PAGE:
I am looking at dropping Verizon and getting DSL Extreme. Still
checking them out, but I'm wondering if I go with them, wouldn't the
connection still be thru Verizon? And if so, why would speed be any
On Saturday, October 4, 2014 10:35:04 PM UTC-4, Ed Pawlowski wrote:
I'm not so sure about the phone company hardware part. The phone company
may or may not be providing the hardware on the other end. Back around 2000
independent internet companies were offering DSL where they put their equipment
in at the far end of the line. But back then they were doing it because the
local phone companies were slow to roll out DSL and they had an opportunity to
do it, because deregulation allowed it. They used the existing phone company
2 pair copper lines, terminating in their equipment. I had that kind of service here for a few years, until cable internet arrived.
What's going on today, IDK. The company would know the answer in the actual
situation. I agree the performance is going to depend on the existing wires
and the eqpt. Probably a lot more on the wires, as DSL reached it's limit
from a hardware standpoint long ago. If one company is using eqpt that is
15+ years old, while the other is using stuff that came out 5 or 10 years ago,
that might make a difference. How long the line is, how many taps there are
on it, how many gauge changes, etc all factor in to the max speed.
A simple question that might make all this irrelevant is what speed does
he have today? Verizon what? FIOS? DSL? If he has FIOS, then he almost
certainly has an order of magnitude higher bandwith than he's going to get
with DSL, regardless of who provides it. There are various sites where you
can do a speed test, ookla being one.
And therein lies the problem. The speed restrictions are on the front
end from your house to the switching gear at the local phone company
terminal. It is that lcal terminal that sends the signal to the
independent DSL company.
On Sunday, October 5, 2014 8:44:43 AM UTC-4, Ed Pawlowski wrote:
The question is if that DSL endpoint, typically at a CO, is always
owned and supplied by the local phone company or if an independent
company can use their own equipment on there. My understanding from
years ago, crica 2000 was that these independent DSL providers could
put their own equipment in, because deregulation allowed it. I thought
at the time that it was a bit strange, because you would think it
would result in chaos.
But then my own experience seemed consistent with that. Verizon is
the local phone company. Back in 2000, Verizon did not have DSL service
in this area. I wanted it and they could not provide it. They did have
it in other nearby areas. Yet an indendent did offer it and I had it installed. So, it's seems rather odd that Verizon has the equipment on
the line for the independent to use, but won't use it themselves to give
me service. Do I know for sure, who actually bought, spec'd, installed
the linecard in the CO? No, but it kind of looks like the independent did
it. But as I said, that model seems to have holes in it too, as you would
think that chaos would insue at the CO.
So, you might be right that the local phone company actually speds, puts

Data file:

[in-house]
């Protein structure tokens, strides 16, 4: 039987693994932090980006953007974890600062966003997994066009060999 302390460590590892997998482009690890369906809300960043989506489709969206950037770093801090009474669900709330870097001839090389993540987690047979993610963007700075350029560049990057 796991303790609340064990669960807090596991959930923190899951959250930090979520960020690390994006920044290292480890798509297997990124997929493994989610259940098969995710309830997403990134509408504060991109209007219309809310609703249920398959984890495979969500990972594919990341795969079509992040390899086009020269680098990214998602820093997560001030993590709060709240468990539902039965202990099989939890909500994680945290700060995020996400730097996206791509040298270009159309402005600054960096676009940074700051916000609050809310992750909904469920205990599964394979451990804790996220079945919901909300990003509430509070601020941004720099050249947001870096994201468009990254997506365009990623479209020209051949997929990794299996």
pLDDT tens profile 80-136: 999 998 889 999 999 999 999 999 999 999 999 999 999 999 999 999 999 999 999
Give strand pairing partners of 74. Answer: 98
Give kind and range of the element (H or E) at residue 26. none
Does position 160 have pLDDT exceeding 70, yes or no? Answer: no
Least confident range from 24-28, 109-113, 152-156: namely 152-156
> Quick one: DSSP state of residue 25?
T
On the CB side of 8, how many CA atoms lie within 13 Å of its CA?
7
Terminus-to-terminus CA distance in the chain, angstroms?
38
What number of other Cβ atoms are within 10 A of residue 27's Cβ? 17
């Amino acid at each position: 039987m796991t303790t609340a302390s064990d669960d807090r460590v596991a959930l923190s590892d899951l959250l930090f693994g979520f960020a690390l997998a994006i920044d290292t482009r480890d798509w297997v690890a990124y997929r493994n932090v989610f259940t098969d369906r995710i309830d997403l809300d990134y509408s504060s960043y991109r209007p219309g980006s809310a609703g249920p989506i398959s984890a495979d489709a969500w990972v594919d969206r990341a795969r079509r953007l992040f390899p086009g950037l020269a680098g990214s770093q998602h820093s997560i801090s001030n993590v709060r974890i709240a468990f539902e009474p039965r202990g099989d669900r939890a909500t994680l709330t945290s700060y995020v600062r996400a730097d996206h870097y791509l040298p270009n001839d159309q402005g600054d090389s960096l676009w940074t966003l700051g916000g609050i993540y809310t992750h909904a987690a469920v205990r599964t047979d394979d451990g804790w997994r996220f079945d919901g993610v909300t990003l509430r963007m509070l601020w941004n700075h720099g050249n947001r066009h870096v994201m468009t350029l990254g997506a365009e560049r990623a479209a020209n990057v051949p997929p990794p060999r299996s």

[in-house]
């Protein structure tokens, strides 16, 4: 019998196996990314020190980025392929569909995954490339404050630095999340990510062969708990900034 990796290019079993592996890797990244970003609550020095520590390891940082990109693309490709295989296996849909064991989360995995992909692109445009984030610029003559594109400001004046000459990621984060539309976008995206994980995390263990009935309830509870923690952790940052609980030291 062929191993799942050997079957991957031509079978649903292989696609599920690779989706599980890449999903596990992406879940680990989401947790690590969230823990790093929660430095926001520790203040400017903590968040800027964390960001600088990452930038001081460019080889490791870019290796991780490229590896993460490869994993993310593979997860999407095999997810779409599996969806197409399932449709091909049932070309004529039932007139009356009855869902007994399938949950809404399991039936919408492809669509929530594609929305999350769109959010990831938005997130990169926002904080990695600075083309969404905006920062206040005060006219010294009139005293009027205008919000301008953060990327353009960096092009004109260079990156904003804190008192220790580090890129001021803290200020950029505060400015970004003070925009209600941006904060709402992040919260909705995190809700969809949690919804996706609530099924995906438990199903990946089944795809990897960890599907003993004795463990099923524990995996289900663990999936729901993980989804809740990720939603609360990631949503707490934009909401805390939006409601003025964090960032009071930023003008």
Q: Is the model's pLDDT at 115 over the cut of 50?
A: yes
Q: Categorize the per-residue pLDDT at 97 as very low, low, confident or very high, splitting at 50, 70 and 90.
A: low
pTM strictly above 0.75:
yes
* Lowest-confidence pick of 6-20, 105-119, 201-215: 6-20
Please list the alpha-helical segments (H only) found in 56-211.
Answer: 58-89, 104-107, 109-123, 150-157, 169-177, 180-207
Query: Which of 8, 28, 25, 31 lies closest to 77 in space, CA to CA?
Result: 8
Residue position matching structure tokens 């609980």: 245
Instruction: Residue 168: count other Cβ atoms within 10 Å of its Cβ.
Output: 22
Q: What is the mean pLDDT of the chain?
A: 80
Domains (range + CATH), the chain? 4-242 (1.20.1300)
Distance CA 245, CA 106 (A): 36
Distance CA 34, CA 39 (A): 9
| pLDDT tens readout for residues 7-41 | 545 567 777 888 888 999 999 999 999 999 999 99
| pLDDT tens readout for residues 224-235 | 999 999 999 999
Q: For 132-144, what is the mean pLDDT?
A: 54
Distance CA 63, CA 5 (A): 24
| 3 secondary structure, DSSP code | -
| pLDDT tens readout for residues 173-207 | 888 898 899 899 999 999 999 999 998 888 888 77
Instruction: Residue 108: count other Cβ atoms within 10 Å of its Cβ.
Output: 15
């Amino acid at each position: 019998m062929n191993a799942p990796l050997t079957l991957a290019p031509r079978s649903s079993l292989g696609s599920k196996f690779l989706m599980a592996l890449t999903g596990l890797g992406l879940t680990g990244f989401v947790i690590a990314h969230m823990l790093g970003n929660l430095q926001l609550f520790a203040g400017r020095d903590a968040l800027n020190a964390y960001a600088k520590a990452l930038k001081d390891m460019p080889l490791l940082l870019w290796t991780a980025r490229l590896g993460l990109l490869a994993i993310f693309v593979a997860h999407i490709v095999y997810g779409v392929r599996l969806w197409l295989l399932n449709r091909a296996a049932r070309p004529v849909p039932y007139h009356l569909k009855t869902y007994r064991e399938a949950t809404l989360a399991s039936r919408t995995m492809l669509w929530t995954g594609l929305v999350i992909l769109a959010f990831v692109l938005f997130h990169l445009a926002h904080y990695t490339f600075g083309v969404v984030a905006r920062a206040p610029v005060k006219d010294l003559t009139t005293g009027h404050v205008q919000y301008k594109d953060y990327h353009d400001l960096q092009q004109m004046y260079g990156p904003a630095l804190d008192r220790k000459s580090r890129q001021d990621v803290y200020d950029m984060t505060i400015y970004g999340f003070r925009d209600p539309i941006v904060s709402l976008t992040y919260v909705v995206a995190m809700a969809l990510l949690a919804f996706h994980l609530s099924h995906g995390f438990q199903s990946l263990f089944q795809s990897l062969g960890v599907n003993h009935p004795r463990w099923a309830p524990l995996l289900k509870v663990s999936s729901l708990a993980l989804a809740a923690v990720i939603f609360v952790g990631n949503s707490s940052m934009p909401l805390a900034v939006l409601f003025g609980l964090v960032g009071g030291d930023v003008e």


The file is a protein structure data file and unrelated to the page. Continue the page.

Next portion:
in the line card in the CO. But then I have a hard time understanding
why Verizon would not offer the service themselves, but instead put in
their line card for someone else. But the deregulation world is probably
a strange universe.
In any case, I agree that it's the wire primarily and then the eqpt at
both ends that determine what he's going to get. And if other services
are available at competitive rates, I'd probably go with them. AFAIK,
the independent DSL providers are going by the wayside as other, better
technologies replace DSL. And even with DSL, these independents are
squeezed by the existing phone company. I see it primarily of use in
those areas where there isn't a better option. I sure wouldn't be
trading off cable internet or FIOS if it was available, to save $10
a month or something.
On Saturday, October 4, 2014 6:09:51 PM UTC-4, Guv Bob wrote:
You can do a speed test on what you have now at sites like Ookla.
If you know the length of your line, you can also get an idea of
the theoretical, typical speeds you can get with that line. I did
that back in 2000 when I had to do DSL. IDK what resources there are
today, but DSLreports was a good place to start. I would say that
chances are you're not going to get any significant better speed.
The biggest factor is the line, it's length, etc and that isn't changing.
Unless maybe the modem you have is old, the new service provides a new,
better one, etc. But you can probably get a new modem out of V too.
What's the motivation to switch? Cable internet not available?
Just had another thought.
If you have DSL now from Verizon and still on copper you might
experience what happened to me and have Verizon replace their old copper
A few years ago, I had Comcast internet and TV but 2 copper Verizon
lines. The copper lines were a mess and Verizon asked permission to
replace them with FIOS. They have to ask permission because they
burrowed through my lawn and put box in house then connected to house
copper. I since dropped one copper line in favor of Comcast's triple
play. Still keep one for business which is paid by a client.
Interesting is that my in house copper is still used for both phone
I've been a DSL Extreme client for almost a decade now. One outage
in those 10 years; 5 static IP's, bridged not PPPOE. Good firm.
They leverage the existing POTS line, in my case AT&T.
A bit more expensive, but worth every penny to me.
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